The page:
Same-Sex Marriage Decision Resolves One Question, Raises Many Others
The U.S. Supreme Court decision in Obergefell v. Hodges, which ruled that same-sex couples are entitled under the due process and equal protection clauses of the Fourteenth Amendment to the same marital rights as opposite-sex couples, is of monumental legal importance. The most obvious, celebrated and decried impact is the nation-wide recognition of the current and future marriages of same-sex couples, which includes all concomitant spousal and parental benefits and responsibilities. Justice Kennedy’s sweeping decision, which was joined by Justices Breyer, Ginsburg, Kagan and Sotomayor, invalidates all state constitutional and statutory defense of marriage provisions and requires marriage licenses to be issued without regard to sexual identity.
The decision resolves one question regarding marriage, but leaves open several others that have significance even for those, such as Justice Scalia, for whom “[t]he substance of [the]decree is not of immense personal importance.” The dissenters are concerned about the constitutional ramifications of a decision that reignites the debate over the Supreme Court’s power to declare new, constitutionally protected, fundamental due process rights; the standard to be applied in equal protection clause claims based on sexual identity; and the proper balance between the right to same-sex marriage and other constitutionally protected rights, such the freedom to exercise religion. These concerns may seem too theoretical for those in the midst of profound jubilation or despair, but legal abstractions have concrete results and it is worth understanding the dissenters’ objections as the nation moves forward.
The Fourteenth Amendment declares, no state may “deprive any person of life, liberty, or property, without due process of law; nor deny to any person within its jurisdiction the equal protection of the laws.” The due process and equal protection clauses often are used, as they were in the Obergefell case, in tandem to support asserted rights, but they are not identical and the Supreme Court has developed different guidelines for each clause.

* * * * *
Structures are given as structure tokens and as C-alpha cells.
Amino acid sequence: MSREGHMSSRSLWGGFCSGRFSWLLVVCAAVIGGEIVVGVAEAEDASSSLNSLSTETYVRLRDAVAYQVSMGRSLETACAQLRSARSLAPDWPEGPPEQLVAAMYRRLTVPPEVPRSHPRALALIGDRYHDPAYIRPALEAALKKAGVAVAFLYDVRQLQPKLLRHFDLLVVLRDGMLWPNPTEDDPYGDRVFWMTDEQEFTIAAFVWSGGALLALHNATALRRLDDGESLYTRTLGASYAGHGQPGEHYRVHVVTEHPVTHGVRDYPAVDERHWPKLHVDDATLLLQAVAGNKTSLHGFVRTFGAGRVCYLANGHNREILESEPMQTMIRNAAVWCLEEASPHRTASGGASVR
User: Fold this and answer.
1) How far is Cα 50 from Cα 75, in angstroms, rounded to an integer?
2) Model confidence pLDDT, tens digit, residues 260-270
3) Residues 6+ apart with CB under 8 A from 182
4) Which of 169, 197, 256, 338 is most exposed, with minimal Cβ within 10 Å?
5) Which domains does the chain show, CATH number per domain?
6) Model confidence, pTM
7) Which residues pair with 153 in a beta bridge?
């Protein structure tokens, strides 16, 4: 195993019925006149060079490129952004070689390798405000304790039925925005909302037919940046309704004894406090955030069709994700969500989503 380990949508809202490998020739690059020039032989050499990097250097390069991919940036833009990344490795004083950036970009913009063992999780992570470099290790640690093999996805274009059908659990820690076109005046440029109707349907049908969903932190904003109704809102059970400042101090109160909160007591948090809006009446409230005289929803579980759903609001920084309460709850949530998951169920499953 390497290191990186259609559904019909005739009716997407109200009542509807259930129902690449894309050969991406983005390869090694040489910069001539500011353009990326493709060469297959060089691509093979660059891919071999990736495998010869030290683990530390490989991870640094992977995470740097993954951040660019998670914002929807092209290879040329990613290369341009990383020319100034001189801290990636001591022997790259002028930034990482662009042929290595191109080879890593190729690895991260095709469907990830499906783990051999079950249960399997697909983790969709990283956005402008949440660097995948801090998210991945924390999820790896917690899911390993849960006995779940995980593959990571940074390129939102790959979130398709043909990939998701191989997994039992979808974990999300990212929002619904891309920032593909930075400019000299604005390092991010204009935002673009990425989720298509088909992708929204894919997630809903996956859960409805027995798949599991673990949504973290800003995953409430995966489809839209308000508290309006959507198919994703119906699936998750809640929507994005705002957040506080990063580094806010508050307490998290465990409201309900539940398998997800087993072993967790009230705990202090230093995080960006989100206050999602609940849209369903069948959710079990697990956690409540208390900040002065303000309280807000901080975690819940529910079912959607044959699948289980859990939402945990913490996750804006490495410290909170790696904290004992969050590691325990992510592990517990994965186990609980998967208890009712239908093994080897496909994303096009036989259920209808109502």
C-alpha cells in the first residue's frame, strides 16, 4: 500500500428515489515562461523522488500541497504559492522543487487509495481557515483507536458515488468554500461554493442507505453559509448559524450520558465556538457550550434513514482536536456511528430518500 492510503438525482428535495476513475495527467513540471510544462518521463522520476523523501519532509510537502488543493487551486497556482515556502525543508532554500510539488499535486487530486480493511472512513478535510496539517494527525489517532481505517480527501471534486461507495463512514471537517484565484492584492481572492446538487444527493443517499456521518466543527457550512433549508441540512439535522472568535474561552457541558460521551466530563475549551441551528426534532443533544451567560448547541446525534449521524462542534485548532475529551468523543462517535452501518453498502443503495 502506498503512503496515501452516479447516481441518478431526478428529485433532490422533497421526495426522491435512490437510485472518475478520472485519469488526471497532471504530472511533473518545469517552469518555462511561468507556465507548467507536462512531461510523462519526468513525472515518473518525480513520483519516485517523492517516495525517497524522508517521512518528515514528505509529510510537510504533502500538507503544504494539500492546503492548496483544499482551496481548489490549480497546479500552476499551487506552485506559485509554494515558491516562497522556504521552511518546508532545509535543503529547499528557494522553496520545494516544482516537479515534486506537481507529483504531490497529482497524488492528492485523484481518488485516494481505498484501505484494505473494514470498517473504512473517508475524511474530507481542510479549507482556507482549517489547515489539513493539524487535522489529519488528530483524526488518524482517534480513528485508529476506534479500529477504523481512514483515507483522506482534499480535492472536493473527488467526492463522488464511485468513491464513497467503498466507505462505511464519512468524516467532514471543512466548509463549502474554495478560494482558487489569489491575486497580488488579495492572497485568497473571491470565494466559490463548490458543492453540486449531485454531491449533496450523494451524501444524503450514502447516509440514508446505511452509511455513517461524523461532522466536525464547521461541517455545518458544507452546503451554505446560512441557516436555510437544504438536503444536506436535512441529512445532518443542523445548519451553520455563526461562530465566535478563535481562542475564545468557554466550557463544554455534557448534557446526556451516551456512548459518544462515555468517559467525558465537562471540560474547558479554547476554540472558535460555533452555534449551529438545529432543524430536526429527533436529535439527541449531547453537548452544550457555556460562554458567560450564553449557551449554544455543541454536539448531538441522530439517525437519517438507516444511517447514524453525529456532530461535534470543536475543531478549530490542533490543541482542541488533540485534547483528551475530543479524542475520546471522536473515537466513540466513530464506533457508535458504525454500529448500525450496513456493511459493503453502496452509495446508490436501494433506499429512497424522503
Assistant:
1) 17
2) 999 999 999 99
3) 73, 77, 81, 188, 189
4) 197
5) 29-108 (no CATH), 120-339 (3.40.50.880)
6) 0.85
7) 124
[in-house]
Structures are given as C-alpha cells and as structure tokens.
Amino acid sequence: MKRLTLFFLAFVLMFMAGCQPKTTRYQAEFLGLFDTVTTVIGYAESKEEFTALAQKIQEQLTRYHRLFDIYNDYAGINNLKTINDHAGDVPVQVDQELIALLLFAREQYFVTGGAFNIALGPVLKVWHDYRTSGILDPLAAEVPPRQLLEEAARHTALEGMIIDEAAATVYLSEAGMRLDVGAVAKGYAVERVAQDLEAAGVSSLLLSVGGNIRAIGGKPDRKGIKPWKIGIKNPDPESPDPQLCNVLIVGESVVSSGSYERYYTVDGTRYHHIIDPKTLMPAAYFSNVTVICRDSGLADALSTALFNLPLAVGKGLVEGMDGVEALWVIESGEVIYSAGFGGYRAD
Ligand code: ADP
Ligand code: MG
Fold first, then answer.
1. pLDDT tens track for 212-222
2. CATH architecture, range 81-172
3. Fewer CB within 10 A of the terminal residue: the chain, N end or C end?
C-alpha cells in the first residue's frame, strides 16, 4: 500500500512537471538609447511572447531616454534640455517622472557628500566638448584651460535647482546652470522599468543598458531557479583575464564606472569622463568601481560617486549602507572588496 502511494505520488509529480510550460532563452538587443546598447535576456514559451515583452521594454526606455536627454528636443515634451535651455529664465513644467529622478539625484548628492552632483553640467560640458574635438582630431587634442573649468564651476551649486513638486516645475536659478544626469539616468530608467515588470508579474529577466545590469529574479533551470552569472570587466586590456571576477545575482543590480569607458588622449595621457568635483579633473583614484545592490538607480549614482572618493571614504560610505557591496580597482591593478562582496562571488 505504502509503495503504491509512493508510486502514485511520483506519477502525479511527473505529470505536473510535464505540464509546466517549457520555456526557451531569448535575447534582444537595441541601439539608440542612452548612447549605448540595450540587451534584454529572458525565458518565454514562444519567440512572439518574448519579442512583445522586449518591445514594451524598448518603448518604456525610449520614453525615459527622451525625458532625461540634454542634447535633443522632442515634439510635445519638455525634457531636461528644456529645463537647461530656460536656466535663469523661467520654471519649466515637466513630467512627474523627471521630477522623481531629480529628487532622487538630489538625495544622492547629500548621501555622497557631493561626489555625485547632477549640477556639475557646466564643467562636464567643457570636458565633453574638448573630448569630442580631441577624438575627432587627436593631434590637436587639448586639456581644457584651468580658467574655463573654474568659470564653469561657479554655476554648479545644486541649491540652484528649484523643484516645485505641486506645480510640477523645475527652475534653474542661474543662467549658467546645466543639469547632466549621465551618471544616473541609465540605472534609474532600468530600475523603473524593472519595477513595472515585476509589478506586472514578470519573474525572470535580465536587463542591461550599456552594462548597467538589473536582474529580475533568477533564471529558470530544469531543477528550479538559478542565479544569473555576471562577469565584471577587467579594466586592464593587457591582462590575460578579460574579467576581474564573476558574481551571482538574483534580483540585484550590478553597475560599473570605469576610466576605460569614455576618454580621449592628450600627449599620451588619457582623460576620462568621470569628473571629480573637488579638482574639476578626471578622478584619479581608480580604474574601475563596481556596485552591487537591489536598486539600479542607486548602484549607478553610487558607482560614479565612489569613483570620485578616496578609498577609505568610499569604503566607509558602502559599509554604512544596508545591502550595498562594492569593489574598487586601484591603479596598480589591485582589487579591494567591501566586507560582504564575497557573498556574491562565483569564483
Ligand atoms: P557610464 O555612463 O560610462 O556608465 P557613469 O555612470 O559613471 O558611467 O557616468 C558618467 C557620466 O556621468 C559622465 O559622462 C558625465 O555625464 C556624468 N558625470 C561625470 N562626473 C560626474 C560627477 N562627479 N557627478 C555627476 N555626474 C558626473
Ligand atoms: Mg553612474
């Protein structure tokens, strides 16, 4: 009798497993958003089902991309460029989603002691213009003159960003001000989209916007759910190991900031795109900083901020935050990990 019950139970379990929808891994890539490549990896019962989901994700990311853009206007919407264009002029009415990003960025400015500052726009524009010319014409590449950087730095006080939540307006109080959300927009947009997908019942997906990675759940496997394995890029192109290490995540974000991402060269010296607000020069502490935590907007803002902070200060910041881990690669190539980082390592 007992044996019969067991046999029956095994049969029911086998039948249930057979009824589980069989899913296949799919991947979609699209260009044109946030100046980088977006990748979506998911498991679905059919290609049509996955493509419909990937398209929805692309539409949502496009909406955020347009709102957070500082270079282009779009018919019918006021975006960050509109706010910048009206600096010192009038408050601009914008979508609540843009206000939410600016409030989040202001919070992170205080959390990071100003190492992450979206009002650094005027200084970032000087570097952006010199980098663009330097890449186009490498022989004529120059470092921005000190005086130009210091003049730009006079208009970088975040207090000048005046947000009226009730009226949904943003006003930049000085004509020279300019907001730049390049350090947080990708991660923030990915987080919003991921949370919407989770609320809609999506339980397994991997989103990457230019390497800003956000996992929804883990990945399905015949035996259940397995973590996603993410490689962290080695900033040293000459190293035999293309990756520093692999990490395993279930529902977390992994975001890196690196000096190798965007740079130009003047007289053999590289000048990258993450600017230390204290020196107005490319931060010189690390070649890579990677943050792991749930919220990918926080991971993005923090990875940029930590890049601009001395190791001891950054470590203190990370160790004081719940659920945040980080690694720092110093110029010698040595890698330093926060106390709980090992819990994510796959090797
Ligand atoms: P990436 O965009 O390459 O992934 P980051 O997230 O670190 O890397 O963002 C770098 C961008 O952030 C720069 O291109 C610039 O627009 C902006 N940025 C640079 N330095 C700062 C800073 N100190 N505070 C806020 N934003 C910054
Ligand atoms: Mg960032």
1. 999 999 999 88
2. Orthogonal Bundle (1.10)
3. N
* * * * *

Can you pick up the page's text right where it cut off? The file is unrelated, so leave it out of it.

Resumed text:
The Constitution protects certain specific rights, such as free speech and trial by jury, but the due process clause is more general; it prohibits the government from depriving persons of the undefined rights of “life, liberty, or property.” The clause requires certain procedural safeguards prior to, during or after the government takes action. These include notice to the affected persons and an opportunity to be heard, but it also has been used to proclaim specific “substantive” due process rights when, as Justice Kennedy stated, the courts identify “interests of the person so fundamental that the State must accord them its respect.” In Obergefell, the Supreme Court identified a substantive due process right to same-sex marriage. The court’s use of its power to declare fundamental rights should be used sparingly as it often usurps the will of the people and their democratically elected legislatures and has been used in the past to ill effect, but Justice Kennedy and four of his colleagues determined this extraordinary measure was well justified by the great need of same-sex couples to fully participate in the bonds of matrimony.
Justice Kennedy’s majority opinion begins with the statement, “The Constitution promises a liberty that includes certain specific rights that allow persons, within a lawful realm, to define and express their identity.” This guarantee of identity definition and expression is different from the dissenters concept of a fundamental due process right that, at its most general interpretation, could be stated as “the right to be let alone.” The court justifies its action by building on previous rulings in Griswold v. Connecticut (1965) (declaring a right of marital privacy to overturn anti-contraception laws), Loving v. Virginia (1967) (recognizing a fundamental right to marry to overturn anti-miscegenation laws), Zablocki v. Redhail (1978) (invalidating a law that denied the right to marry to fathers behind on child support), Turner v. Safley (1987) (upholding the right of prison inmates to marry) and Lawrence v. Texas (2003) (recognizing the right to engage in consensual sexual conduct to overturn anti-sodomy laws). The decision takes cases that prohibit unjustified limitations on opposite-sex marriage and personal behavior and reads them as establishing governmentally recognized marriage as a right so fundamental it must be granted to same-sex couples.